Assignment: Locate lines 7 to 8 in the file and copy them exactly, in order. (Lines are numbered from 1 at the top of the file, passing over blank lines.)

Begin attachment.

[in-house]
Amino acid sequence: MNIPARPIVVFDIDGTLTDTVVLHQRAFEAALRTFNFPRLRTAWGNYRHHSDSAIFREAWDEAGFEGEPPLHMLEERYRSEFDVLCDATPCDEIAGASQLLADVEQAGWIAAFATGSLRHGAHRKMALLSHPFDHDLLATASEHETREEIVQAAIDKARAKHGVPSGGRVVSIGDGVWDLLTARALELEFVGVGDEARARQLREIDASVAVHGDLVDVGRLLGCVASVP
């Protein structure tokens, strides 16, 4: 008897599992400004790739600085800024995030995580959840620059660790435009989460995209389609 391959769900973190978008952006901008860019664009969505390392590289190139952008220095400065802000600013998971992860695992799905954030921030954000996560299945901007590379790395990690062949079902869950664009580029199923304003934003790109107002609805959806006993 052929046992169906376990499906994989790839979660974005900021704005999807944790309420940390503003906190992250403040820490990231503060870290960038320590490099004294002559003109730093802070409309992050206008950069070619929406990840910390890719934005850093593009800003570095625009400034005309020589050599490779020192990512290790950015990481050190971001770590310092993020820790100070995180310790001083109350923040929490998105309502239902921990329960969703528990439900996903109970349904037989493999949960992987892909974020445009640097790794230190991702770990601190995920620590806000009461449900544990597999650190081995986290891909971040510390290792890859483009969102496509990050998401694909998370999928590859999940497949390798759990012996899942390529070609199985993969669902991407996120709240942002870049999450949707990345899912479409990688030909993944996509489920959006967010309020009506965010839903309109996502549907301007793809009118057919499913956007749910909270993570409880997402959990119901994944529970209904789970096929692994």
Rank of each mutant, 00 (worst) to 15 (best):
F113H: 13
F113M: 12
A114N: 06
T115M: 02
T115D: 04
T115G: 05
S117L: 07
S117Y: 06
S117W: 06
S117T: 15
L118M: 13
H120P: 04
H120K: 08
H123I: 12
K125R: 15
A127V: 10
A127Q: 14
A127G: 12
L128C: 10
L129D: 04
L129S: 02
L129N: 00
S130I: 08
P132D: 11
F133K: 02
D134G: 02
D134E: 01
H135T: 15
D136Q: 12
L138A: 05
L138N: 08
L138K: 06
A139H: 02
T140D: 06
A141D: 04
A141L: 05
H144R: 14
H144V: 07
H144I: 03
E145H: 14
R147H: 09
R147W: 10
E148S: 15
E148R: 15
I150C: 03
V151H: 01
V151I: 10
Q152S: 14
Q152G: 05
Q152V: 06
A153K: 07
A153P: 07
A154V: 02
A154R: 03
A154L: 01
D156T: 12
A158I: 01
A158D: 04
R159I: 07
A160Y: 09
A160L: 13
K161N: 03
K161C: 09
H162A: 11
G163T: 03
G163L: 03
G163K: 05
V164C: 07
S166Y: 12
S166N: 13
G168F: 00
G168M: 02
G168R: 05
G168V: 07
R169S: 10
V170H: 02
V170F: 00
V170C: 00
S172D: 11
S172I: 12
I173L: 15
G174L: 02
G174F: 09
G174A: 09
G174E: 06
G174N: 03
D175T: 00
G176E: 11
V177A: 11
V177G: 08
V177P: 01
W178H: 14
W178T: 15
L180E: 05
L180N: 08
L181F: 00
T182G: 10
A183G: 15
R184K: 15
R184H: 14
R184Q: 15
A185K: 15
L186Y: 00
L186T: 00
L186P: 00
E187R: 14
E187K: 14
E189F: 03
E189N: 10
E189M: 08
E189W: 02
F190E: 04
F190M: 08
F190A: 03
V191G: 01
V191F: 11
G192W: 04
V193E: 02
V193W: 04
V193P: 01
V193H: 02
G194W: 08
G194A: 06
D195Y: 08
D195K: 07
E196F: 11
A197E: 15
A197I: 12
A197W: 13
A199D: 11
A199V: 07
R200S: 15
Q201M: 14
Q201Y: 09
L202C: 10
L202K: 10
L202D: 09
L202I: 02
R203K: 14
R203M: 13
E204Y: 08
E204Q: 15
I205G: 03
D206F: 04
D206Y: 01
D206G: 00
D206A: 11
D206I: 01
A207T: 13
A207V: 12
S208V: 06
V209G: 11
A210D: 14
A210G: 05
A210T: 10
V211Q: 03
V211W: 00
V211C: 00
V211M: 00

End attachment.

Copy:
A114N: 06
T115M: 02